Publisher's Weekly Review

Polish-born Kramer, president of the Holocaust Resource Foundation at Kean University, was a teenager when her family and others hid from the Nazis in a secret bunker, rescued by a former housekeeper and her husband, a reputed drunken anti-Semite who turned out to be an avenging angel. Kramer's extensive recollections range from a liaison that threatened the household and daily squabbles in the tomblike underground quarters where food was scarce to their fear of discovery by the Nazis and the shock and desperation of learning about relatives and friends who had been killed. Her sister was sold out by a neighbor boy for a few liters of vodka. This vividly detailed and taut narrative is a fitting tribute to the bravery of victims and righteous gentiles alike. 8 pages of b&w photos. (Apr. 21) (c) Copyright PWxyz, LLC. All rights reserved


Library Journal Review

Based on her wartime diary, which she kept while hiding in a basement in Poland, Kramer's book vividly recalls the tensions within her hidden community after the Nazis overtook the town of Zolkiew in 1942. Of particular interest are revelations about the family who hid the Kramers, particularly how an anti-Semitic Polish householder demonstrated great courage in shielding Jews in his basement. Kramer, in her eighties, now lives in New Jersey.-Frederic Krome, Univ. of Cincinnati Clermont Coll. (c) Copyright 2010. Library Journals LLC, a wholly owned subsidiary of Media Source, Inc. No redistribution permitted.


Excerpts

Excerpts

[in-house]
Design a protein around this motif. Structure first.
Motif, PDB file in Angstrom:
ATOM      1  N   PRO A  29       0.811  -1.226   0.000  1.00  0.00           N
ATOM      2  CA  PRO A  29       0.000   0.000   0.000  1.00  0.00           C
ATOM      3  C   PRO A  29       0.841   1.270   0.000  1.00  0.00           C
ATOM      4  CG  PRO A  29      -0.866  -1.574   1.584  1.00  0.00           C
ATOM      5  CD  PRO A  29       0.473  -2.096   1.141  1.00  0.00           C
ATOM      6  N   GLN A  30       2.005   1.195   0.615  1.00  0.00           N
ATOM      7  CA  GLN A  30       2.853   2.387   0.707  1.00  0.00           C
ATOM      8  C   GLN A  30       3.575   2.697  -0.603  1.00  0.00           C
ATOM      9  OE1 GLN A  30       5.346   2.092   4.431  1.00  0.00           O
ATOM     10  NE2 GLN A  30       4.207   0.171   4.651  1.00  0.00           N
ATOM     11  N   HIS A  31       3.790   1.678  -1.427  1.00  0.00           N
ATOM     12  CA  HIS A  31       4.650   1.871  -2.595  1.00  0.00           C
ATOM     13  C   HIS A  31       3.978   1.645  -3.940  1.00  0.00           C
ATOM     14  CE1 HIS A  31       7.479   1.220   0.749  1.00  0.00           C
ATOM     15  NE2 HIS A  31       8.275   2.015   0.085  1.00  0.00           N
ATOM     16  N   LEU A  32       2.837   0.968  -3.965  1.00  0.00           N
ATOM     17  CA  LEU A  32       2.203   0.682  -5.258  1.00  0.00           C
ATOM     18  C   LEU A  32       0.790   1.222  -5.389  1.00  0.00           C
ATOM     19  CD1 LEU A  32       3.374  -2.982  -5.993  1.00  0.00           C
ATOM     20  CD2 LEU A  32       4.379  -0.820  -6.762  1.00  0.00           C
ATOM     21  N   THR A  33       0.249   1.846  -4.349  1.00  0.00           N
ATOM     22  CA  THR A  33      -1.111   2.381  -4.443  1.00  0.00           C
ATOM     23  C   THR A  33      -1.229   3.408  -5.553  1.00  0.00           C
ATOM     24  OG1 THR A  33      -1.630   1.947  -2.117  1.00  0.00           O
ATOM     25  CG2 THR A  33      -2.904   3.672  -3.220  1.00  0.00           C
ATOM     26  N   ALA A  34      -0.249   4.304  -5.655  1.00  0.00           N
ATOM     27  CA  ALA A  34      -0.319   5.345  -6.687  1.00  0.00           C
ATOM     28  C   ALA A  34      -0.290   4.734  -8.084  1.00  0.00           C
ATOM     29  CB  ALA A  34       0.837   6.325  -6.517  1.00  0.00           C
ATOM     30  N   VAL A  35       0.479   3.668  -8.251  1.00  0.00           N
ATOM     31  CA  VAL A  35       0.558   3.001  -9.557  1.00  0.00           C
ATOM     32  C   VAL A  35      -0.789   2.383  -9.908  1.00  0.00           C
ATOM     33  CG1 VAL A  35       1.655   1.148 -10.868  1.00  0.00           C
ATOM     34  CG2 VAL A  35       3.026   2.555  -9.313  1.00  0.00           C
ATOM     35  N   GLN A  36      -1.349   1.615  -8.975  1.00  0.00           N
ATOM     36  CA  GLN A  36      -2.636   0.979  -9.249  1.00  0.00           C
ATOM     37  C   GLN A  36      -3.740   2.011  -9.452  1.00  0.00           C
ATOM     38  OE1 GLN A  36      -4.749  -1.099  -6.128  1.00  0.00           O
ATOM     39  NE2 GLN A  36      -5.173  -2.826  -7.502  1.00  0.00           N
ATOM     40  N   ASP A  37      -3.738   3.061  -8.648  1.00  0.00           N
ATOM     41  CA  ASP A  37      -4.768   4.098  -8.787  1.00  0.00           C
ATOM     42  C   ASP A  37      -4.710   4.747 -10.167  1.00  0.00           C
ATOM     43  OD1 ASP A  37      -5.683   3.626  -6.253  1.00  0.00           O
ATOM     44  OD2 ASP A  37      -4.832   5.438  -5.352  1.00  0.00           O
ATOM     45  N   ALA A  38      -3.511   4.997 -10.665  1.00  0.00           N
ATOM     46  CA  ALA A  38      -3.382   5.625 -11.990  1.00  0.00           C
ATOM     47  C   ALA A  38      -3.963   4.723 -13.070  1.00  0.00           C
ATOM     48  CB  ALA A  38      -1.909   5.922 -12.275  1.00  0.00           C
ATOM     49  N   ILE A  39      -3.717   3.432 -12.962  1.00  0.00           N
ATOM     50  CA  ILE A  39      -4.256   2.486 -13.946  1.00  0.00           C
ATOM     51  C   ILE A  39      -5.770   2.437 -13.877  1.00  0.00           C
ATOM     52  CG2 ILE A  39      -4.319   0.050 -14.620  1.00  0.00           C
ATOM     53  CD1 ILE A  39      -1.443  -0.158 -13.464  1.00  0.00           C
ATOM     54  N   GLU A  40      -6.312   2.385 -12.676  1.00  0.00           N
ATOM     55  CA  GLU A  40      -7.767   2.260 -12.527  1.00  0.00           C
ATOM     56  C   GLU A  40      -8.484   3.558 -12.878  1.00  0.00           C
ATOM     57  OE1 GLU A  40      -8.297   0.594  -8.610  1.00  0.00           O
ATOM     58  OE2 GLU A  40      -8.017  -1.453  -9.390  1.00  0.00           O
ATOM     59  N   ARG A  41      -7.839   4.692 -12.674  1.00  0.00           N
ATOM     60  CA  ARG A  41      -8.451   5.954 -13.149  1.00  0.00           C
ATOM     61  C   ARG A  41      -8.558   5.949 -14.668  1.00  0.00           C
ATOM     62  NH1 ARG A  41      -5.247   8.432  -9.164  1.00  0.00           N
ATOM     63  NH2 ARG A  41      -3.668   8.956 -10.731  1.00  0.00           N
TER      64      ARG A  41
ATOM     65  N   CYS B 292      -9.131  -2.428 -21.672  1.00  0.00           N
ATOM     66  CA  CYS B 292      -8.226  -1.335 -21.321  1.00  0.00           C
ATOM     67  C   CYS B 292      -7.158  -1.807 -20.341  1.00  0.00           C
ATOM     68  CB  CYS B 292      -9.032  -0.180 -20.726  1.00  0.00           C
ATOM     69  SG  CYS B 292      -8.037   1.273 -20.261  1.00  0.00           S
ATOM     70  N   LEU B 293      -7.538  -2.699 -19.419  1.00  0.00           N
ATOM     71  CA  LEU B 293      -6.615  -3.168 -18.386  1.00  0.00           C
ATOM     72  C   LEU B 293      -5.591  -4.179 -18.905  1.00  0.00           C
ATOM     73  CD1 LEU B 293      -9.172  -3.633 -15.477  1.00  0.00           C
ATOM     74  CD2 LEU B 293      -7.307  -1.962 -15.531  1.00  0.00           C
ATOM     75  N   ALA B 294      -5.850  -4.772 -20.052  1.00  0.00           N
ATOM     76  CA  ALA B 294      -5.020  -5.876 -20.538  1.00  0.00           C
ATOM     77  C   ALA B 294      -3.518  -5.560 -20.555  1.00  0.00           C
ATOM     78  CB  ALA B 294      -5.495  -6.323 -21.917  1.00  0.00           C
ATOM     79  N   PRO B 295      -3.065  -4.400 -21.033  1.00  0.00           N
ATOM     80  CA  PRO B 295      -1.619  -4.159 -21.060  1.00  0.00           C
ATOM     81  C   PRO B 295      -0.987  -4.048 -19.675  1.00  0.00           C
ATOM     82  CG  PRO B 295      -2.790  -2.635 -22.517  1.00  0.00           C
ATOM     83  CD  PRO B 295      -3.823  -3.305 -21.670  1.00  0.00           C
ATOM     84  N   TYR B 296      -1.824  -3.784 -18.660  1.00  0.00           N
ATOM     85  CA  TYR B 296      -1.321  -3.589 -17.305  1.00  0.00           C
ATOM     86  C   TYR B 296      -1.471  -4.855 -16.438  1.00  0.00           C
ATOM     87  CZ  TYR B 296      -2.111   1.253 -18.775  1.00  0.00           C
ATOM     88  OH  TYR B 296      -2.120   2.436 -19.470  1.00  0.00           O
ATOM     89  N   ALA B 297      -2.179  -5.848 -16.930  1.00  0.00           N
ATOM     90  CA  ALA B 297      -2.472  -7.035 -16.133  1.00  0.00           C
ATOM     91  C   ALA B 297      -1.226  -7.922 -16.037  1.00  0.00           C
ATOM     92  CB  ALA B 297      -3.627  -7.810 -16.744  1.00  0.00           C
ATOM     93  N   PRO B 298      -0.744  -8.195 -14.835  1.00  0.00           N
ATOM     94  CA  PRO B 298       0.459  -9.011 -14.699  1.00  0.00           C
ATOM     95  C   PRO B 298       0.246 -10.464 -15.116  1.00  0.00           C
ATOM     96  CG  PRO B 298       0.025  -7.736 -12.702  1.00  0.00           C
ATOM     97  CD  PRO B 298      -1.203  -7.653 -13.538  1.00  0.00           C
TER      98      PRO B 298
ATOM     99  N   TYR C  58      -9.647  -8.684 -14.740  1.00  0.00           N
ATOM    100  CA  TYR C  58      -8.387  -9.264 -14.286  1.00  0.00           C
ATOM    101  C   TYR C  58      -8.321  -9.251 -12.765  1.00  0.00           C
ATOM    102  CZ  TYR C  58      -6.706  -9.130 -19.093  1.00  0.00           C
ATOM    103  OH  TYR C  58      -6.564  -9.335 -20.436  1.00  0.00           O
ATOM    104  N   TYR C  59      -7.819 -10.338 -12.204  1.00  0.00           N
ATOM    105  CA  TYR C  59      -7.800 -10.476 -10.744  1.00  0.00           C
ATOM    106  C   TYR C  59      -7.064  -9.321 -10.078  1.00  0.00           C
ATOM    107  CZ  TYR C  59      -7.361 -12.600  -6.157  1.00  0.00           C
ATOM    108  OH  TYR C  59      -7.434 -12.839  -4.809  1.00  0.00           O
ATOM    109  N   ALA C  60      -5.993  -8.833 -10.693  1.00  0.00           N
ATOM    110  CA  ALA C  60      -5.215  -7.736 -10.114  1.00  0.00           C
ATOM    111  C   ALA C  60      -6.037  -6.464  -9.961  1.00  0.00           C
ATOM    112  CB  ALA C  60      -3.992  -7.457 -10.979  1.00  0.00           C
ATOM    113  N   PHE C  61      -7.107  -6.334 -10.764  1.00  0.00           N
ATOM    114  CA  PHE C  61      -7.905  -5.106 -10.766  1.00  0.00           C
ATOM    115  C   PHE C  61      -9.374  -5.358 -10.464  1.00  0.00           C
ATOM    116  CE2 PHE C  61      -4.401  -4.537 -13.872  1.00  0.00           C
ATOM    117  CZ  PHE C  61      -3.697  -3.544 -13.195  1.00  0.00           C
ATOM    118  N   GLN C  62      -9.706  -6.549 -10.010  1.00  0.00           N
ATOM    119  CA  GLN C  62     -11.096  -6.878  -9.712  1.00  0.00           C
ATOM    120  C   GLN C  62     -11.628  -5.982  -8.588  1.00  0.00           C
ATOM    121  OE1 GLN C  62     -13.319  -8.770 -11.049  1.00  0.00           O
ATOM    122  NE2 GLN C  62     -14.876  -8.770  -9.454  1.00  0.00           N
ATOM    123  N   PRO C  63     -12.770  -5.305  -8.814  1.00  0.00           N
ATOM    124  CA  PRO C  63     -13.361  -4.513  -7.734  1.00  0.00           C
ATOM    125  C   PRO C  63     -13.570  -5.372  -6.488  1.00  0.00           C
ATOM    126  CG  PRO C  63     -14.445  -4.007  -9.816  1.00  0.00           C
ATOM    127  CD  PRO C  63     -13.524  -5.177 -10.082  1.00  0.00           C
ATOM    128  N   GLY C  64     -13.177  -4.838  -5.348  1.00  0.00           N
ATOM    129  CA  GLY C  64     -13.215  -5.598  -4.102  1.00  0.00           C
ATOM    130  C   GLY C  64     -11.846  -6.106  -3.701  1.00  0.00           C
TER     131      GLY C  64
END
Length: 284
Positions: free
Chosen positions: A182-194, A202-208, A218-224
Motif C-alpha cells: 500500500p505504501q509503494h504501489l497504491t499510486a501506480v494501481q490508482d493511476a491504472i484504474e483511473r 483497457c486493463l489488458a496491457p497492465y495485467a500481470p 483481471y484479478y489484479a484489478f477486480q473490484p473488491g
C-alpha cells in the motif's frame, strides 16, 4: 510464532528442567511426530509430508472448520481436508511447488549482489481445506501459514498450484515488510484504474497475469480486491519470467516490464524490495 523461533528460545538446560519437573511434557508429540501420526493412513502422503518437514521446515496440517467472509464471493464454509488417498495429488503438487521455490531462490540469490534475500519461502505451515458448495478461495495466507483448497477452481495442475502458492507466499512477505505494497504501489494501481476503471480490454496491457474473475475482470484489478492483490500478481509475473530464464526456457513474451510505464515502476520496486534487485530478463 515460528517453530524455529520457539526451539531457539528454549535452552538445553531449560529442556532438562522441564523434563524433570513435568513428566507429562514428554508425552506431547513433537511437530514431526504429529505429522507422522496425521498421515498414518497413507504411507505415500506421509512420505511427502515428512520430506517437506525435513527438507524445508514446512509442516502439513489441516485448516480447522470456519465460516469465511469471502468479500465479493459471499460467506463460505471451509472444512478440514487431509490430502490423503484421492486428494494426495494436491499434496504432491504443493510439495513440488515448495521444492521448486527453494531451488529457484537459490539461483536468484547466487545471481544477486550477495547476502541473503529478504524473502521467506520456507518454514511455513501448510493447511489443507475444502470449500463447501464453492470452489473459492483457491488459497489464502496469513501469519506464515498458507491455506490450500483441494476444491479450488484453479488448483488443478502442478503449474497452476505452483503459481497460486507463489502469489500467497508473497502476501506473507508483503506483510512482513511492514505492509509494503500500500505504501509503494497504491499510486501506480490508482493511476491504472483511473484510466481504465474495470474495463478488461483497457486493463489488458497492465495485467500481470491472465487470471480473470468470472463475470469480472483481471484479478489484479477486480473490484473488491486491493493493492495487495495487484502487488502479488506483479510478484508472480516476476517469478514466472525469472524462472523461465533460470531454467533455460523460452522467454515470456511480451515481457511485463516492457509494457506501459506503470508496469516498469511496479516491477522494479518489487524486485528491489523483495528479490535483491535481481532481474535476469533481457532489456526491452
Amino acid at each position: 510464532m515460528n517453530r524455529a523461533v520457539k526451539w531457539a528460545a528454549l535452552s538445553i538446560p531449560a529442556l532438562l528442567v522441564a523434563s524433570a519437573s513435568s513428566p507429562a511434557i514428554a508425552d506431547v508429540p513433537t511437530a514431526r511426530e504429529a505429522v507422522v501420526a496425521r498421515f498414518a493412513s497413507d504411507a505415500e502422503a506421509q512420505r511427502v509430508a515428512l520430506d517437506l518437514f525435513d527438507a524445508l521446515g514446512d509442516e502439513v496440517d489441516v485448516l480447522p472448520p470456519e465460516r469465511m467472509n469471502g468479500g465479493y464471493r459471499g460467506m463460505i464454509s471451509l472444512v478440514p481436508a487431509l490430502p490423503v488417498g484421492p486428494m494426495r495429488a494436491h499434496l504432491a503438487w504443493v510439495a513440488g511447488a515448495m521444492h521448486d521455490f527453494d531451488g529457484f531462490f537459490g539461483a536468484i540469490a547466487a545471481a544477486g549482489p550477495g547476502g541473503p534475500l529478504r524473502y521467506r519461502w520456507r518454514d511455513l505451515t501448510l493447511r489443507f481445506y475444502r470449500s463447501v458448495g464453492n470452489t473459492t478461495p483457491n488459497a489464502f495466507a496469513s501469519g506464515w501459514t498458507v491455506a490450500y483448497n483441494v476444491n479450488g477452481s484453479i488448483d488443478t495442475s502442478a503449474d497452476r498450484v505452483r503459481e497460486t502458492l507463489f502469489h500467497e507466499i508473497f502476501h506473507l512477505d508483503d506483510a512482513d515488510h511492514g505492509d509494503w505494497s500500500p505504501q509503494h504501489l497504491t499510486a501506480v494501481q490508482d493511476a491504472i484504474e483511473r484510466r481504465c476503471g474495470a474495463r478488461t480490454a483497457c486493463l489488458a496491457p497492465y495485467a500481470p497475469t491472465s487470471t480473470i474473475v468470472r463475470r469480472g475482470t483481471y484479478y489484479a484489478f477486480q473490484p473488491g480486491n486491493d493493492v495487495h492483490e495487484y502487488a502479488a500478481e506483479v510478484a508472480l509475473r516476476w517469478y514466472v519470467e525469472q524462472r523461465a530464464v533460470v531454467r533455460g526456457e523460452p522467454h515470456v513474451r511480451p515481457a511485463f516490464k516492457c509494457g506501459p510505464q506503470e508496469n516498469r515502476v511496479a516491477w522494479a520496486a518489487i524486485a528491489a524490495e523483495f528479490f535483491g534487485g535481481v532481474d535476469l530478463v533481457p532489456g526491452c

Clara's War One Girl's Story of Survival Chapter One My Grandfather From March 1940 to June 1941 For those of us not sent to Siberia, the Russians had brought Siberia to us. Every bit of fuel, everything that could burn, even tiny birds' nests, was sent to the front. I practically lived in my heavy grey Afghan coat lined with rabbit fur. That coat was my saviour. Thank heavens Aunt Uchka had married a furrier. Hersch Leib had had coats made for everyone in the family. We could have chosen anything, even a famous Zolkiew fur, so popular in Paris. But with the icy winds blowing off the steppes, nothing was warmer than Afghan lamb. So that is what my family wore. Six months after the Soviets occupied Zolkiew we were still in the icy grip of our first occupied winter. The news on my grandparents' radio was just as chilling. We despaired when the United States announced its neutrality. And even though England and France had declared war on Germany, nothing had been done about the occupation of Poland. All France did was invade a lightly defended area of Germany. They made it all of 12 kilometres before turning back. We had been abandoned. On most days after school, I would stop off at Uchka's on the way home. I looked forward to sugar cookies, tea, and playing with Zygush and Zosia--especially Zosia. I had given up dolls for books when I was six, but I couldn't get enough of her. Zosia liked to put her cheek next to yours and clutch your face when she was carried. I didn't want to be any other place on earth when she did this. According to Uchka, I was Zosia's little mother, her mammeleh . One day, when I went to Aunt Uchka's, her house was empty. Before, I would have thought nothing of their absence, but now I immediately assumed the worst. I ran through the lanes in Uchka's neighbourhood back to my house, praying to find them there. It was like a snow-covered maze behind my family's oil-press factory. I cut through the alley behind the pink walls of the convent to my street. I rushed up the steps into the foyer that separated our flat from that of my grandparents', stamping off as much snow as I could. Even with my fur hat still over my ears, my coat collar up and my scarf wrapped tightly round it, I could already hear the noise coming from the next room. Something had happened. Everybody was speaking all at once. No one noticed I had walked in the room. I was relieved to see Uchka sitting in the corner holding the children in her lap. It took me a while to realize that everyone was beaming. Mama finally sighted me. She rushed towards me with her arms out. 'Who knew? Who knew?' I asked, 'Who knew what?' I couldn't imagine what had put such smiles on their faces. But everyone actually looked happy, which surely meant that nobody had died or been deported. It finally hit Mama that I really didn't know what she was talking about. 'You mean the entire town hasn't heard yet? Clarutchka,' she said, every word ripe with pride, 'out of all the children in Zolkiew, not only was your little sister chosen to sing the lead aria in the spring concert, but she was the youngest! Can you imagine? Mania! The youngest! And a lead aria! Who knew?' Never in a million years would I have thought I would be hearing Mama crow about this. Not now, not ever! Mania was always pulling rabbits out of the hat of her life. We didn't even know that she had been asked to audition! I was as giddy as the rest of them. Who could have known that my little stick of a sister could really sing? We sang at holidays. We sang our children's songs at school. But an aria? From a real opera? What a blessing to have such a talent in the family. We even temporarily forgot that the concert was to celebrate the superiority of the Soviet system. Even Dzadzio, Grandfather, who never had a kind word for the Russians, said, 'At least they got this right.' Apparently, the Russians knew something we didn't about my baby sister. On the other side of the room, Mania was sitting on the baby bed where she slept. I could tell what she was thinking just by the look on her face. She would rather be out sledding while there was still snow on the ground and was ruing that she had brought up the concert at all. But it was like all the other things she had to confess to. Better to get it over with. Sooner or later Mama would have got it out of her anyway. She couldn't see the glory in it. She had been told to sing, so she would sing. For the next three months, all we got was humming. Humming while she jumped rope. Humming while she ran in and out of the house. Humming while my mama made her do the homework she hated. The one time Mama asked her to sing, Mania refused. She was as wilful as Mama, Babcia and Dzadzio. We would have to wait for the concert. The entire town was temporarily distracted from the Russian occupation. While waiting on the long lines which stretched outside the colonnaded shops, mothers bragged about the Ukrainian and Russian folk songs their children would be singing. There wasn't a loaf of bread to be found, but the air practically buzzed with gossip. I knew they were secretly keeping score. Which song was longer? Whose child was singing the favourites? Who had a solo and who was in the chorus? What would the mothers wear? Clara's War One Girl's Story of Survival . Copyright © by Clara Kramer. Reprinted by permission of HarperCollins Publishers, Inc. All rights reserved. Available now wherever books are sold. Excerpted from Clara's War: One Girl's Story of Survival by Clara Kramer, Stephen Glantz All rights reserved by the original copyright owners. Excerpts are provided for display purposes only and may not be reproduced, reprinted or distributed without the written permission of the publisher.